Macedonian Customs Seize Fake Sunglasses, Apparel, Mobile Phone Accessories
During regular controls at Macedonia’s border crossings in the period March 12 – April 15, 2012, the customs officials seized a considerable quantity of goods bearing well-known brand names, believed to be counterfeit.
In the week of March 12-18, the customs officials seized 225 pairs of sweatpants bearing the marks of Adidas and Puma, while on March 21, the officials seized 1,575 pieces of men’s underwear bearing the marks of D&G, Calvin Klein, Tommy Hilfiger, Hugo Boss and Armani, 219 women’s handbags bearing the marks of D&G, Louis Vuitton and Prada, 106 women’s wallets bearing the marks of Louis Vuitton and Prada, 380 sweatpants bearing the mark of Adidas, 300 belts bearing the marks of D&G and Armani and 60 pairs of sneakers bearing the mark of Adidas.
In the week of April 2-8, the officials seized 1,920 sunglasses bearing the marks of Prada and Ray Ban, 372 sweatpants bearing the mark of Adidas, 150 remote controls bearing the mark of Samsung, 46 joysticks for Sony PlayStation 2 and four speakers bearing the mark of Sony, as well as 456 T-shirts and sweatpants bearing the marks of Adidas, Emporio Armani, D&G and Versace.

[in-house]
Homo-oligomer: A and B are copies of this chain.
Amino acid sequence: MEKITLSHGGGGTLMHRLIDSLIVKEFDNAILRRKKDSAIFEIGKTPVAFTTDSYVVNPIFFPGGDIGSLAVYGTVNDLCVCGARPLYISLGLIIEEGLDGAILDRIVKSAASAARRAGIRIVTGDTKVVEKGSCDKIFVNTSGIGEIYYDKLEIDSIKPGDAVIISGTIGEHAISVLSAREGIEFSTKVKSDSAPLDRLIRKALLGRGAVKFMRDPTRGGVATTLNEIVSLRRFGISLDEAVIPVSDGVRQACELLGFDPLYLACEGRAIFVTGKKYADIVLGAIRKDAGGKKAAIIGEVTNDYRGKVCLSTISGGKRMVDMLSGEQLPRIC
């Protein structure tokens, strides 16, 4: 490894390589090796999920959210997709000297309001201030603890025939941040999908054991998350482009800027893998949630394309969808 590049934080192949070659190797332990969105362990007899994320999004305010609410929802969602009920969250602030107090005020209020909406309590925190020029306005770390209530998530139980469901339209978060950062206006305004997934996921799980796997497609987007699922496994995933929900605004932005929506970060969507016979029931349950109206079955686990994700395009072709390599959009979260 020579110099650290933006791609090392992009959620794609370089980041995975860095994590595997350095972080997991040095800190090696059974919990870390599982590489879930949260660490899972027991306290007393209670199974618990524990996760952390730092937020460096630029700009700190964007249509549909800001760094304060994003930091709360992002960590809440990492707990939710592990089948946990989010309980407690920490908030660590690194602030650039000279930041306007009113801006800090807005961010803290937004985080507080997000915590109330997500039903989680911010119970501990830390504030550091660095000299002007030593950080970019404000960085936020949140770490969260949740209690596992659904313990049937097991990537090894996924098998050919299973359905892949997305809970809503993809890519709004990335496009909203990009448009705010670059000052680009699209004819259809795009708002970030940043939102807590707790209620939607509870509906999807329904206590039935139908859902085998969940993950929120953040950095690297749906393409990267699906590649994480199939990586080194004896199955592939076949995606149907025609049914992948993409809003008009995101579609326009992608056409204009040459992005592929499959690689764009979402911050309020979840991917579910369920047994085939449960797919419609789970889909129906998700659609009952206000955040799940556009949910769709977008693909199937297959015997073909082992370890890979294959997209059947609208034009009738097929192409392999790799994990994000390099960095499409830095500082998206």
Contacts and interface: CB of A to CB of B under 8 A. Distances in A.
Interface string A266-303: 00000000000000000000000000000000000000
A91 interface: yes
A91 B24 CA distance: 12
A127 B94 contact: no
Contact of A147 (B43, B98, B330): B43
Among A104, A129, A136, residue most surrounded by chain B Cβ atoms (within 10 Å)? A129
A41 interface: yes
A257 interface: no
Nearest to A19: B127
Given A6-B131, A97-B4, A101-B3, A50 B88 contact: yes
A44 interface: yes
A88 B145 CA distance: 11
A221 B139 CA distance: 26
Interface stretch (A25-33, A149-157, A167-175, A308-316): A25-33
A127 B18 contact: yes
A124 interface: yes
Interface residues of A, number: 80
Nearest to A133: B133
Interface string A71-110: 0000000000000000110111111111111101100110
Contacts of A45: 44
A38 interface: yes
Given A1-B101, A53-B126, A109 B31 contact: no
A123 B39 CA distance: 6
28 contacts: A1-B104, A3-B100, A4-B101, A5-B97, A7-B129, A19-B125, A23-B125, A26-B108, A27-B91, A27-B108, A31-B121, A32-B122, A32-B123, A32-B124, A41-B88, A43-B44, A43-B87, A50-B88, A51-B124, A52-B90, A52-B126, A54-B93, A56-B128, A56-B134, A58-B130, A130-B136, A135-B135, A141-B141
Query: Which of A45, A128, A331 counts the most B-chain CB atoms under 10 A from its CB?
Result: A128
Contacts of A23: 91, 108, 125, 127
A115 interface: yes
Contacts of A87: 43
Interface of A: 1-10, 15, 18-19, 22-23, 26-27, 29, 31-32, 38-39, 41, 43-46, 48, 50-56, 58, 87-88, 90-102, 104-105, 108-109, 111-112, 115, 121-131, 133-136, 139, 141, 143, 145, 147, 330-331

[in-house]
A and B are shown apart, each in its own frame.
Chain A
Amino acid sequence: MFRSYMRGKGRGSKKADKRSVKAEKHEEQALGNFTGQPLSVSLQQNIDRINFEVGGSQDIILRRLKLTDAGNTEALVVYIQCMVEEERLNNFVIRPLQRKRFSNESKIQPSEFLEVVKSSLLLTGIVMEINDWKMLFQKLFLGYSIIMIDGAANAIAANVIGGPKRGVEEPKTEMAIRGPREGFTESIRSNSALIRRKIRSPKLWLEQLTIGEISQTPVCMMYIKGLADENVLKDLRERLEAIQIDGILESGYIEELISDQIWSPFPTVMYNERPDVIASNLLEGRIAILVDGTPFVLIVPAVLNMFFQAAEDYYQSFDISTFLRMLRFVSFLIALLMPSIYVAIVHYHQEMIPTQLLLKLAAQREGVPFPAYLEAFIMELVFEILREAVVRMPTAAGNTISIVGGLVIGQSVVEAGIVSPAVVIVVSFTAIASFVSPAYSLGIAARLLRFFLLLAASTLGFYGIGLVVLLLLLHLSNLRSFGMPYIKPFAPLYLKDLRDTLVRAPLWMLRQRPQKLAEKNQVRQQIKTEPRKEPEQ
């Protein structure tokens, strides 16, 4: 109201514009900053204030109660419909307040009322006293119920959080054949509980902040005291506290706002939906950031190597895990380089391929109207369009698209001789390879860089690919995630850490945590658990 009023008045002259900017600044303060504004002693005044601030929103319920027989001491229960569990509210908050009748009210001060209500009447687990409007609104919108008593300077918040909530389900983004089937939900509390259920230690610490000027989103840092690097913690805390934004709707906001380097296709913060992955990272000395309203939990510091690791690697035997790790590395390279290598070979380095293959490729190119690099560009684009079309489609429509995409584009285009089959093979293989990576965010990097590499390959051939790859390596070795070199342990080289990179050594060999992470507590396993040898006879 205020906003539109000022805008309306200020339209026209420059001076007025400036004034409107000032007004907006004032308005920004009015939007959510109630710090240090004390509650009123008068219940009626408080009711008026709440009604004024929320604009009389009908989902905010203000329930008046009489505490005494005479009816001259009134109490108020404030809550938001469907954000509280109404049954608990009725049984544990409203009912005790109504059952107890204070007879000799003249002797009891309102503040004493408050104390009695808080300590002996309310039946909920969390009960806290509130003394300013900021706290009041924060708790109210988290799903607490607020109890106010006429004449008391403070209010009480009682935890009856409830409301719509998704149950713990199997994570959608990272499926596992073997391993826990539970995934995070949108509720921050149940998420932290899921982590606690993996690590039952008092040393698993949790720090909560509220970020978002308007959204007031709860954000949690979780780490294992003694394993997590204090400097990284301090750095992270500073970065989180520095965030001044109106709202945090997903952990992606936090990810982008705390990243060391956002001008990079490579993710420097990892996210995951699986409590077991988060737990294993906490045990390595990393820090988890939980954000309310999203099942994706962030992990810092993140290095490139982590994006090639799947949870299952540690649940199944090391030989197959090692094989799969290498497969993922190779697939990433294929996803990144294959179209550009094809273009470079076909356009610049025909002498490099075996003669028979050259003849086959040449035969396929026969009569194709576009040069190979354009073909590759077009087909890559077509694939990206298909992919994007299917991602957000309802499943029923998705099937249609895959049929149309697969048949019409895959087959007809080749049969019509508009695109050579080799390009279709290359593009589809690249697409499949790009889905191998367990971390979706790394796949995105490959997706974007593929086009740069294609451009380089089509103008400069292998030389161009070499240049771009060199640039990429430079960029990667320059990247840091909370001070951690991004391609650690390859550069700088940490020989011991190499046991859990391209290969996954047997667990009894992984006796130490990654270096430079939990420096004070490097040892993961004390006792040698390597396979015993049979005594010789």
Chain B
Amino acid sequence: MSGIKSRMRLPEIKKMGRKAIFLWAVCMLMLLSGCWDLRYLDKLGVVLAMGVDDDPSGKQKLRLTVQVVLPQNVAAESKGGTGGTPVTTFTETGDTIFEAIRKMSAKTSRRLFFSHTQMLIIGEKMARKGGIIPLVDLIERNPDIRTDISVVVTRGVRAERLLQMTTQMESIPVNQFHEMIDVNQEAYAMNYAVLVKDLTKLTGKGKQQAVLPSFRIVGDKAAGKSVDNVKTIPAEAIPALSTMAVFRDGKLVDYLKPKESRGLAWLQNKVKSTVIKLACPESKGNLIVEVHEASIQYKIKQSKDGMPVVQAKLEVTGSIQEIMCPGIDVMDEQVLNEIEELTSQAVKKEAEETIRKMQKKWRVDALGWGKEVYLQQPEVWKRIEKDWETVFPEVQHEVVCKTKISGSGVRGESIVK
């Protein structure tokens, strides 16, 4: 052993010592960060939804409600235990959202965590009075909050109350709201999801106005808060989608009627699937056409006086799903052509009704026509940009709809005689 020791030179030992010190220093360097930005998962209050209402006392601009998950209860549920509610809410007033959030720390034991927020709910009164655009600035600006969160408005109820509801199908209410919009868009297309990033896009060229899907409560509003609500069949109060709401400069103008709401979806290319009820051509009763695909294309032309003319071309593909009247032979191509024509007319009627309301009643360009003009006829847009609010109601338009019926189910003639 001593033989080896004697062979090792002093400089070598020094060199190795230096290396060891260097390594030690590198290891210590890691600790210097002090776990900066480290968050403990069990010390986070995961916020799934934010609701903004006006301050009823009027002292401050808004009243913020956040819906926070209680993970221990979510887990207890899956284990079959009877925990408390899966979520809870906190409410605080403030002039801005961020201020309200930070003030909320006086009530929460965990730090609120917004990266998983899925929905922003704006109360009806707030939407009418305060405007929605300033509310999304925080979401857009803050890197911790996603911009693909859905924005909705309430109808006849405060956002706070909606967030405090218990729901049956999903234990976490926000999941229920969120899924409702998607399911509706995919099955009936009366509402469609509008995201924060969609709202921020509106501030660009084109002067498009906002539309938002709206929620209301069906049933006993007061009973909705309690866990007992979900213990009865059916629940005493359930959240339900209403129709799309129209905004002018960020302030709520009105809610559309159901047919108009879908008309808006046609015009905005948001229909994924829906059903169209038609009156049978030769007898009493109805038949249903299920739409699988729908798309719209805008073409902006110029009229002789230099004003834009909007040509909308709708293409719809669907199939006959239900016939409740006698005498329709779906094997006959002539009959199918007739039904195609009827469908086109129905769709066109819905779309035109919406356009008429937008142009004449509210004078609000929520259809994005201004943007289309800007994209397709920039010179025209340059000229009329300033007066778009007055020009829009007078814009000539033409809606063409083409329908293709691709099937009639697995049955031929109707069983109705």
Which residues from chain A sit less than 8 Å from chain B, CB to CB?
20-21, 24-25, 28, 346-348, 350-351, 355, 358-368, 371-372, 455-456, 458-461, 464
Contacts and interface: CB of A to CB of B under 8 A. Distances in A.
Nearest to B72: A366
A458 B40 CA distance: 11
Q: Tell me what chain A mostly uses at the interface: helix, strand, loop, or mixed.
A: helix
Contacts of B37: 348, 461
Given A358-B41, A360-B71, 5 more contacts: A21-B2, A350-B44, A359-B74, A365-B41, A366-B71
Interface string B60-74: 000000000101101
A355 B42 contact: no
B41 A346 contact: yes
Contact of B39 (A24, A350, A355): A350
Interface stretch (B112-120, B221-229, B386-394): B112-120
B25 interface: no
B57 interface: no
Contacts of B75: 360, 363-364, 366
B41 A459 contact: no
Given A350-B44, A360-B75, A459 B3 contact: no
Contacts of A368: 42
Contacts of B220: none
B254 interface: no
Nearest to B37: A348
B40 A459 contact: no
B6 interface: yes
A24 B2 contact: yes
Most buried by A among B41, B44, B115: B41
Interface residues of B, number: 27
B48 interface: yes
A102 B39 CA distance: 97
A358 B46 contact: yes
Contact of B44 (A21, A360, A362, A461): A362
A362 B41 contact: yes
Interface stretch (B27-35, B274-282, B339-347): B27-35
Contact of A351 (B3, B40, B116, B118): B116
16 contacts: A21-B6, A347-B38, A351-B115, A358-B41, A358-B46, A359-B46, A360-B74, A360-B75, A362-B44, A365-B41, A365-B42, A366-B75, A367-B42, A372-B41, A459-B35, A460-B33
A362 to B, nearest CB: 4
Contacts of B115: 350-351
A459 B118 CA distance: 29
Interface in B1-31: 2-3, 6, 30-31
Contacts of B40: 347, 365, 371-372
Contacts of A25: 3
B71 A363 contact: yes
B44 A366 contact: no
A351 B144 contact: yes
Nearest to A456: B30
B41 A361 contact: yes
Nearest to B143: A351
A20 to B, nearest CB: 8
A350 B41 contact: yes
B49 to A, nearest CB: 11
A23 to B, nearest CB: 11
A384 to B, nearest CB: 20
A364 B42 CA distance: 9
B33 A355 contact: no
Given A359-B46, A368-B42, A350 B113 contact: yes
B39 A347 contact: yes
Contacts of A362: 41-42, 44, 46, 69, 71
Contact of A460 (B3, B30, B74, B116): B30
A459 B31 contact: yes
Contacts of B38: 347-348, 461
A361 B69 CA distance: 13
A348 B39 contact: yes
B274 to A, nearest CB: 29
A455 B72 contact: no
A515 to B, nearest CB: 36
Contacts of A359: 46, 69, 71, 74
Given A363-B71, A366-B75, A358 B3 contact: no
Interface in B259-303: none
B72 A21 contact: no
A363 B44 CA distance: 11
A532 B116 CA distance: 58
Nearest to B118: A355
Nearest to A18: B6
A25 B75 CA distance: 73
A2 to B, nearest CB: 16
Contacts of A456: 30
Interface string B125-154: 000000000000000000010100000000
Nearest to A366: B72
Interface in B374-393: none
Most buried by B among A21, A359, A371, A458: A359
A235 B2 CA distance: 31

On April 11, the customs officials seized 1,046 tracksuits, shorts and boxer shorts bearing the mark of Adidas, 6,955 mobile phone accessories (earphones, adapters, batteries and covers) bearing the marks of iPhone, Nokia and Samsung, and 3,409 various products bearing the marks of Sony, HP, and Panasonic.
In the week of April 9-15, the officials seized 1,200 pairs of socks bearing the mark of Kappa, 80 tops bearing the G-Star mark, 38 pairs of sneakers bearing the marks of Nike and Adidas, 3,310 men’s shirts bearing the mark of Zara, 400 men’s pants and 350 women’s shirts bearing the mark of Polim Pier, 120 men’s shirts and 55 pairs of men’s jeans bearing the mark of Cons, and 80 men’s pants bearing the mark of Massimo Dutti.
The goods, which were found in trucks and a car with Turkish and Macedonian license plates, originated in Turkey and China, and were intended for the Kosovo and Macedonian markets.
Author: Aleksandra Pavlovic
For more information, please contact firstname.lastname@example.org.
Source: Macedonian Customs
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